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What it means to suffer from trauma

'Trauma' as defined on social media is not to be confused with PTSD, or post-traumatic stress disorder, a condition associated with wars and disasters.

Social media, which glorifies confession and victimisation, has made the meaning of trauma even more elastic. PHOTO ILLUSTRATION: ISTOCKPHOTO
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"It was terrifying and surreal to be talking to someone... listening to them pleading for help, and being able to do nothing but reassure them that help was on the way - and then to hear screams, shots and the silence of a dead line."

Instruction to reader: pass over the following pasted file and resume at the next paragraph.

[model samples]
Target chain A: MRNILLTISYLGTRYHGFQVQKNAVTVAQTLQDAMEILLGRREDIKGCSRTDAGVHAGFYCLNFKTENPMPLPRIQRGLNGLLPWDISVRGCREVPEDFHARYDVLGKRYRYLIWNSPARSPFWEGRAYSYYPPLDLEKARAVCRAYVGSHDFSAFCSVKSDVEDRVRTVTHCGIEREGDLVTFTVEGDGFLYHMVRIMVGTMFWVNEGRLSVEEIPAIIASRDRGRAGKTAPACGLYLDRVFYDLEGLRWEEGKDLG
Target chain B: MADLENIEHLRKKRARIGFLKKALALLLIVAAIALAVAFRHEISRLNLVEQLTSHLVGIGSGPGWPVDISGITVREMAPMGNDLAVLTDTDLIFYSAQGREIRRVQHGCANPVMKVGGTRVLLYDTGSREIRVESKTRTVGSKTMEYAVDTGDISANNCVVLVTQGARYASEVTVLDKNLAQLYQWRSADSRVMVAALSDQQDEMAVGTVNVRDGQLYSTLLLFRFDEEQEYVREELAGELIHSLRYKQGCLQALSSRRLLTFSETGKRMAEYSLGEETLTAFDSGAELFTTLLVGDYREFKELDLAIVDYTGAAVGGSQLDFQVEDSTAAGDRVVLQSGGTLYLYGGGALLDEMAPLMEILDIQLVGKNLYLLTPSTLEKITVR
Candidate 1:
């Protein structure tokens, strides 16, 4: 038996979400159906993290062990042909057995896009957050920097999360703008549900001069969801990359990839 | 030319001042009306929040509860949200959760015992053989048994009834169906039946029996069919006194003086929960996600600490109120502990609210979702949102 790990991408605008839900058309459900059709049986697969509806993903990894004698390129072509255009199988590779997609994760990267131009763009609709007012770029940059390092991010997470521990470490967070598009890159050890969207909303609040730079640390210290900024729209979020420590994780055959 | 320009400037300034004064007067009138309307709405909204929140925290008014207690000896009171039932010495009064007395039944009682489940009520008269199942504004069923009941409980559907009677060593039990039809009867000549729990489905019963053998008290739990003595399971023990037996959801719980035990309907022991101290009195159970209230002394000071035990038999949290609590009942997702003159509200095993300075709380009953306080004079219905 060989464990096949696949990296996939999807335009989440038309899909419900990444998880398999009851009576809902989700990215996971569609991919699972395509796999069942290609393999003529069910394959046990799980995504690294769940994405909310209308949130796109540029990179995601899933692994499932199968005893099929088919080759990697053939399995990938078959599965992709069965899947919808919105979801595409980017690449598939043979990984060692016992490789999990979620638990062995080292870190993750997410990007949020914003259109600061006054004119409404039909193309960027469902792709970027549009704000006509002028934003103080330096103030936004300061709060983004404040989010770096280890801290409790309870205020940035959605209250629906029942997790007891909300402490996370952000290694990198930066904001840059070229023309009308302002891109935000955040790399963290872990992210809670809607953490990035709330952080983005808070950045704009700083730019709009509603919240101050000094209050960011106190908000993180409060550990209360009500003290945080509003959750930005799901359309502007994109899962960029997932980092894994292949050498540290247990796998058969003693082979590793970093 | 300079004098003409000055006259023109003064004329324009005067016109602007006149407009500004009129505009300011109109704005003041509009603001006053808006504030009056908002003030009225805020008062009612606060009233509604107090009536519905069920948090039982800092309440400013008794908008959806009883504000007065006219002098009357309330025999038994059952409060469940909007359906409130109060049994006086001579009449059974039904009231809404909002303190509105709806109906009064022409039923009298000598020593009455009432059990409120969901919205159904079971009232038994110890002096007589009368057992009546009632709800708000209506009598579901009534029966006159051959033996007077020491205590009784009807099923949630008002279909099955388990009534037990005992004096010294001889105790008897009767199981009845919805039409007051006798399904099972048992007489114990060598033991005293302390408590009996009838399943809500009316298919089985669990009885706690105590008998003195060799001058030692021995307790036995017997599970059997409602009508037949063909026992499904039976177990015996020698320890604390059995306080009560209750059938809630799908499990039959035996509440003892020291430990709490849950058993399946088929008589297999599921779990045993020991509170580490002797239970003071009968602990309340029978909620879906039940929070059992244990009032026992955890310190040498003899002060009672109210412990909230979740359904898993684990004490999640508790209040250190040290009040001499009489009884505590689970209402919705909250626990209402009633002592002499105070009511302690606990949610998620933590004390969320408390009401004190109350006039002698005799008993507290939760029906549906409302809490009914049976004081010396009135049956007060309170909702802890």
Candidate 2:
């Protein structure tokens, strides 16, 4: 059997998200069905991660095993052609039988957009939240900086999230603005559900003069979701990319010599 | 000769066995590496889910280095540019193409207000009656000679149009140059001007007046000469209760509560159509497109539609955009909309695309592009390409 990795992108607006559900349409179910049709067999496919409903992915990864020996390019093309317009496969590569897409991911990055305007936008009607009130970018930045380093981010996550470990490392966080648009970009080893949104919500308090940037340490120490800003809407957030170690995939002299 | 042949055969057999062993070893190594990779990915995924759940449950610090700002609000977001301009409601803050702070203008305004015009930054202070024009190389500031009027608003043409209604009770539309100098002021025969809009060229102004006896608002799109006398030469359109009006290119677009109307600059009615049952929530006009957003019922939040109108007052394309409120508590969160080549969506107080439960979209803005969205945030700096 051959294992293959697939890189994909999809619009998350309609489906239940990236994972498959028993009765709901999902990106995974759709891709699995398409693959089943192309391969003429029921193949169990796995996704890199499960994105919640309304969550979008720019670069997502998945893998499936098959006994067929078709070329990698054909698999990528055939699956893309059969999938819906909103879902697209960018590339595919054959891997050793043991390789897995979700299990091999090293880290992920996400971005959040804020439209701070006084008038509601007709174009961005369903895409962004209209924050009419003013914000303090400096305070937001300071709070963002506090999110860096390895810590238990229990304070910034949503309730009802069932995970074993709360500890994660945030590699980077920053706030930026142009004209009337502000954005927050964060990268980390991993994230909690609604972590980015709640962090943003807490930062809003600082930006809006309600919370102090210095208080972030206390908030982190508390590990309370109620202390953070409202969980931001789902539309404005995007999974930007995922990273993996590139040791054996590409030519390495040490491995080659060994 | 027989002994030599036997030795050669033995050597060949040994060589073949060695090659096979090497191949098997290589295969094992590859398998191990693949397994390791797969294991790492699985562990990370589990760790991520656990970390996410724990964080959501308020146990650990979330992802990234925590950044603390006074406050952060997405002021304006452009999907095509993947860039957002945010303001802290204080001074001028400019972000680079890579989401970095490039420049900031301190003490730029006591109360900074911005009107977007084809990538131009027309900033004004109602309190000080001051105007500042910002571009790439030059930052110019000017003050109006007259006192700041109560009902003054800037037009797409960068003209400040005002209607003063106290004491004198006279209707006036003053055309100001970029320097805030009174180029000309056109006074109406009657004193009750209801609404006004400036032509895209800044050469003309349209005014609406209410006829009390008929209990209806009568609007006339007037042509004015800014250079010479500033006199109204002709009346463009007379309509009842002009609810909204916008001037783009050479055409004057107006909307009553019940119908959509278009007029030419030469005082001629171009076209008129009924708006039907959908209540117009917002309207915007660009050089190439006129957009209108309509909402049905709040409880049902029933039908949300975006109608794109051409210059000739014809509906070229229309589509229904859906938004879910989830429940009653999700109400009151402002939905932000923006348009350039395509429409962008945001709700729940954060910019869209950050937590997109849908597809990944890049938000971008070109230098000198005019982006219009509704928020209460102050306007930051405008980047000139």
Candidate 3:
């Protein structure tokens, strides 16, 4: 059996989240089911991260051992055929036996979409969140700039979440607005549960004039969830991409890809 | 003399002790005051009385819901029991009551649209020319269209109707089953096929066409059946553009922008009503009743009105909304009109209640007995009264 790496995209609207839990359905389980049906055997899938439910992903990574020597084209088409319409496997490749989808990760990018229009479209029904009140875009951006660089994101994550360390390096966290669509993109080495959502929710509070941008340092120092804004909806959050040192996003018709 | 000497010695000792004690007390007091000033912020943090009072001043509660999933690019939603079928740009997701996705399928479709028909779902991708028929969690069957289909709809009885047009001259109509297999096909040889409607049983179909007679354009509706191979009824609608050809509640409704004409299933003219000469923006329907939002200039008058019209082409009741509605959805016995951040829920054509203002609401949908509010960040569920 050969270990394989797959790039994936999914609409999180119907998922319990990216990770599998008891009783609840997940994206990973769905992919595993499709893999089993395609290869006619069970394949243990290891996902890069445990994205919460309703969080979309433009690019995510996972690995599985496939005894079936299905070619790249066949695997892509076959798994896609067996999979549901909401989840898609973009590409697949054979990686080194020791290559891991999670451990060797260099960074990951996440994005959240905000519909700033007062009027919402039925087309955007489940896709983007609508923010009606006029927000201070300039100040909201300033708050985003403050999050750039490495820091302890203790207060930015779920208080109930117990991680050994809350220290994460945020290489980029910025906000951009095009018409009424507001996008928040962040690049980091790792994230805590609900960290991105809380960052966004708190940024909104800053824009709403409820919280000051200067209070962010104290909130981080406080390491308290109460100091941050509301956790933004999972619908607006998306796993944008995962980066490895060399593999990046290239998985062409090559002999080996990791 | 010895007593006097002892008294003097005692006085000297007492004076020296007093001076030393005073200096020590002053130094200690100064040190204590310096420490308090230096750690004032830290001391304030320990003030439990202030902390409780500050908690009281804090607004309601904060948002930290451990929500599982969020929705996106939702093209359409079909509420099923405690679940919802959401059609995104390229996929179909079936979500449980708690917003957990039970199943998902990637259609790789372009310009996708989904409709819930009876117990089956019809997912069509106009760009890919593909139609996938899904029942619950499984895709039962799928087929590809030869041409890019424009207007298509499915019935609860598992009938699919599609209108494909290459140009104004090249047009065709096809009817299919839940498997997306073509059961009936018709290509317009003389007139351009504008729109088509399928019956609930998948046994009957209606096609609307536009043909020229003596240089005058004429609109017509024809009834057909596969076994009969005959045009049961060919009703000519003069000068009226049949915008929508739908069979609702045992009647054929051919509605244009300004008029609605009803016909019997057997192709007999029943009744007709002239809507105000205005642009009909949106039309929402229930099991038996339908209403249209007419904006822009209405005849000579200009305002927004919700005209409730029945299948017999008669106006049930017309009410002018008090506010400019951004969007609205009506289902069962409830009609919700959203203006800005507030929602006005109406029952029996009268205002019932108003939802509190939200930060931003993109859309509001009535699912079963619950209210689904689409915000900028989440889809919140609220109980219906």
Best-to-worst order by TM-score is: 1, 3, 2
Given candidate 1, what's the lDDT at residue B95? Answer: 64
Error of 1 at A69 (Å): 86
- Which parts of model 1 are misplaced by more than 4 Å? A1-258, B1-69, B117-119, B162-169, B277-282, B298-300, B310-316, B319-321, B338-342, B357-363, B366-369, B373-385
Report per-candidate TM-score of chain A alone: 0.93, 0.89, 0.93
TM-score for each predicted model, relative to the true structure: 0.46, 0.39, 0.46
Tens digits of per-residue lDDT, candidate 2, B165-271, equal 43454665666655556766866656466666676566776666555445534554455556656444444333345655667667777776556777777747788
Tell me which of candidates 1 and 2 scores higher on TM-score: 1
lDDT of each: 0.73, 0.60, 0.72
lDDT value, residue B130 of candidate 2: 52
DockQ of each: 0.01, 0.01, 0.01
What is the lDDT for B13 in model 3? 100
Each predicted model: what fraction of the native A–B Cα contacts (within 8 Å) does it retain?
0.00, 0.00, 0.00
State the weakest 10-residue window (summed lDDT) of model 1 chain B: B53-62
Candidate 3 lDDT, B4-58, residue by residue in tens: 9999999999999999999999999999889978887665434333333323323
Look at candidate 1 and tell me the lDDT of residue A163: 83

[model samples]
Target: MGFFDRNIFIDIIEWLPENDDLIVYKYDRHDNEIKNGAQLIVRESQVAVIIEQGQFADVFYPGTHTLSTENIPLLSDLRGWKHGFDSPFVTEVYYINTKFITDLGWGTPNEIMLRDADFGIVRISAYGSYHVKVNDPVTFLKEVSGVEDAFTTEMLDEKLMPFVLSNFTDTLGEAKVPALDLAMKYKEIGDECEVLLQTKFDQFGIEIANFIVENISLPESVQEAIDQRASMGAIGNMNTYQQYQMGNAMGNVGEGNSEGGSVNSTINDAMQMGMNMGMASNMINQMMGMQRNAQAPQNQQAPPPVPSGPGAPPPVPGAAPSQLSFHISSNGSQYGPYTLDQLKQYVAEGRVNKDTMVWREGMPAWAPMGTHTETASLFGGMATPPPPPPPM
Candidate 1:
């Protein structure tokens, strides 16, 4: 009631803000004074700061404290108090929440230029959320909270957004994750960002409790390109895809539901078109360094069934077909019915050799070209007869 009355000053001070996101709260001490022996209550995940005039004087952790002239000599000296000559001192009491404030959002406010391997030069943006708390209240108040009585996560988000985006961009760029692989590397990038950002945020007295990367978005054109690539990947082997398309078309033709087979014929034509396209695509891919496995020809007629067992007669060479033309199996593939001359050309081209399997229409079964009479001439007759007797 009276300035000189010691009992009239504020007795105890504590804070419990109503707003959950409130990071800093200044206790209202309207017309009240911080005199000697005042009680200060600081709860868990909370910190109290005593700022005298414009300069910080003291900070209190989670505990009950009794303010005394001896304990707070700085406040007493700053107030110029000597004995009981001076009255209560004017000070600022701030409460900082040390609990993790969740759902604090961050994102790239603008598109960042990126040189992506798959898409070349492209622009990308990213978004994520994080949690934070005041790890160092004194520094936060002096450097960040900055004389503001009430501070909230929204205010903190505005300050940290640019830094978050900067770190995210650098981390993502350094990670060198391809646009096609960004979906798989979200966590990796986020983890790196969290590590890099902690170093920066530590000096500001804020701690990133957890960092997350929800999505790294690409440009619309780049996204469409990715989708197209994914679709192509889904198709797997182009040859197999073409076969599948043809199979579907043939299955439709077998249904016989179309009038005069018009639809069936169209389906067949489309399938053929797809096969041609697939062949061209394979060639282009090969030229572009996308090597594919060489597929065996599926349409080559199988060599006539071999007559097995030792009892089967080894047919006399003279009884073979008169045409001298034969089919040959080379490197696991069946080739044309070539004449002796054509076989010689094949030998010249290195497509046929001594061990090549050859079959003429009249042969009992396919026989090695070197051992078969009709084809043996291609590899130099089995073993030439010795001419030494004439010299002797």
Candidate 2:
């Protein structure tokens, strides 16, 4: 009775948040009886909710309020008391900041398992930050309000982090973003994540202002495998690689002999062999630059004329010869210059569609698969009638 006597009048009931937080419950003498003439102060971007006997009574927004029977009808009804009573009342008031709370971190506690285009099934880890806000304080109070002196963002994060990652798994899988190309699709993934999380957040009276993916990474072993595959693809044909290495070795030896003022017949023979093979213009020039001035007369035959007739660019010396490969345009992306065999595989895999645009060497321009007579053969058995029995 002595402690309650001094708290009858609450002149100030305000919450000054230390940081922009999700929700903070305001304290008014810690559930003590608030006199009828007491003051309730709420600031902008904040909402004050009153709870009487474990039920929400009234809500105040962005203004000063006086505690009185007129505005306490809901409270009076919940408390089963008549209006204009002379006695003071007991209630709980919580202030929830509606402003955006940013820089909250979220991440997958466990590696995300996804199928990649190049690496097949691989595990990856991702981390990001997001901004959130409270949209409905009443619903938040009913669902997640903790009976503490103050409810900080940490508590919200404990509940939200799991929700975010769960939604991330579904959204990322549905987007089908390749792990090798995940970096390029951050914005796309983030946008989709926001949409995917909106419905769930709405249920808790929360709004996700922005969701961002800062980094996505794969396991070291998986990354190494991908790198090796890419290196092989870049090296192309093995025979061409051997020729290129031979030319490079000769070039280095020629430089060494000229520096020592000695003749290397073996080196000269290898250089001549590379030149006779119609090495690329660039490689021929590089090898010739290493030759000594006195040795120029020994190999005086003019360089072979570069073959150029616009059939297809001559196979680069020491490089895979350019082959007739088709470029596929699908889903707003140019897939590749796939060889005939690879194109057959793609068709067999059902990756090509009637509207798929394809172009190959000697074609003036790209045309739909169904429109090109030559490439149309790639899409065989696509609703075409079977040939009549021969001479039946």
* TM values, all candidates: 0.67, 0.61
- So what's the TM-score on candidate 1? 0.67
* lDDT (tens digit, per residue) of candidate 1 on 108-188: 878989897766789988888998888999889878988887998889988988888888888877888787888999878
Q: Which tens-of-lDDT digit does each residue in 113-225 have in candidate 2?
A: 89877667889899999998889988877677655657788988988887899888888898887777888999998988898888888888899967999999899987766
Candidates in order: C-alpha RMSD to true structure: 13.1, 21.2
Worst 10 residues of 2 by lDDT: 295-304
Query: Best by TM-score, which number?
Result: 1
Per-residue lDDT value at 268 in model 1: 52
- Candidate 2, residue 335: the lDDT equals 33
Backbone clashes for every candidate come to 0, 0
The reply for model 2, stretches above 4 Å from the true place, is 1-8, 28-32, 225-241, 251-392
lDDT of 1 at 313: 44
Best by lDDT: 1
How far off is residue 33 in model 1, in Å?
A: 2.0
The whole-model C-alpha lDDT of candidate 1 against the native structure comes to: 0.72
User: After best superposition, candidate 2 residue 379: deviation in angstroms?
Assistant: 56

The man who recounted those extraordinary moments was Mr Romeo Dallaire, a lieutenant-general in the Canadian army and the commander of the United Nations Assistance Mission for Rwanda in 1994. In April of that year, the Hutus embarked on a genocidal massacre of the minority Tutsi. Mr Dallaire and his force of about 500 men became hapless witnesses of the bloodbath that left about a million people dead. Hutus set upon their Tutsi neighbours with household tools and homemade weapons - machetes and hoes, hammers and clubs. In his memoir, Mr Dallaire wrote of seeing bodies piled onto trucks and "blood, dark, half-coagulated, oozed like thick paint from the back of them". He recalled a rat that had grown so big and fat on the flesh of the dead that his men thought it was a terrier.

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